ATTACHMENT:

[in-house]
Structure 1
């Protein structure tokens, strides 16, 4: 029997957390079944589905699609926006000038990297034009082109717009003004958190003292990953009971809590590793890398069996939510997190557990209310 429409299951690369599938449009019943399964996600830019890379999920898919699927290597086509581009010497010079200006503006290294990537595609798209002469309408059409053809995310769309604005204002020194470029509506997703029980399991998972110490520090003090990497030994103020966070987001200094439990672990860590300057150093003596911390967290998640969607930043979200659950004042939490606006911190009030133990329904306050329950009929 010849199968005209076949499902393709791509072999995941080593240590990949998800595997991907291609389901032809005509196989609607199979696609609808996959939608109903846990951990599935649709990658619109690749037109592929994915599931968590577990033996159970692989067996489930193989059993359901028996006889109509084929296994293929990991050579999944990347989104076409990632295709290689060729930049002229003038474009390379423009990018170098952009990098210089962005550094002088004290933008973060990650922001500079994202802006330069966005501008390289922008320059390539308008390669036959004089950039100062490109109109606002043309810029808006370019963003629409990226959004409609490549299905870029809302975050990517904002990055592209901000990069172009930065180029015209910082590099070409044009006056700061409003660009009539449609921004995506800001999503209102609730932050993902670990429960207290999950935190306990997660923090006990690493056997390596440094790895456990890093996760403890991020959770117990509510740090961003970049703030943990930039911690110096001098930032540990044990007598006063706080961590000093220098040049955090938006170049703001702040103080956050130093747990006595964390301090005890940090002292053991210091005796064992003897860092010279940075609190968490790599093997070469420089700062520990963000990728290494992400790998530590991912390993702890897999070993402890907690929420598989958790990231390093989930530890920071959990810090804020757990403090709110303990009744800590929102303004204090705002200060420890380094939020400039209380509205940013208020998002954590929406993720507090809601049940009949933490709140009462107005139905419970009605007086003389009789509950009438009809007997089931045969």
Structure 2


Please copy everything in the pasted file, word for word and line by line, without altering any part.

[in-house]
Structure 1
């Protein structure tokens, strides 16, 4: 029997957390079944589905699609926006000038990297034009082109717009003004958190003292990953009971809590590793890398069996939510997190557990209310 429409299951690369599938449009019943399964996600830019890379999920898919699927290597086509581009010497010079200006503006290294990537595609798209002469309408059409053809995310769309604005204002020194470029509506997703029980399991998972110490520090003090990497030994103020966070987001200094439990672990860590300057150093003596911390967290998640969607930043979200659950004042939490606006911190009030133990329904306050329950009929 010849199968005209076949499902393709791509072999995941080593240590990949998800595997991907291609389901032809005509196989609607199979696609609808996959939608109903846990951990599935649709990658619109690749037109592929994915599931968590577990033996159970692989067996489930193989059993359901028996006889109509084929296994293929990991050579999944990347989104076409990632295709290689060729930049002229003038474009390379423009990018170098952009990098210089962005550094002088004290933008973060990650922001500079994202802006330069966005501008390289922008320059390539308008390669036959004089950039100062490109109109606002043309810029808006370019963003629409990226959004409609490549299905870029809302975050990517904002990055592209901000990069172009930065180029015209910082590099070409044009006056700061409003660009009539449609921004995506800001999503209102609730932050993902670990429960207290999950935190306990997660923090006990690493056997390596440094790895456990890093996760403890991020959770117990509510740090961003970049703030943990930039911690110096001098930032540990044990007598006063706080961590000093220098040049955090938006170049703001702040103080956050130093747990006595964390301090005890940090002292053991210091005796064992003897860092010279940075609190968490790599093997070469420089700062520990963000990728290494992400790998530590991912390993702890897999070993402890907690929420598989958790990231390093989930530890920071959990810090804020757990403090709110303990009744800590929102303004204090705002200060420890380094939020400039209380509205940013208020998002954590929406993720507090809601049940009949933490709140009462107005139905419970009605007086003389009789509950009438009809007997089931045969």
Structure 2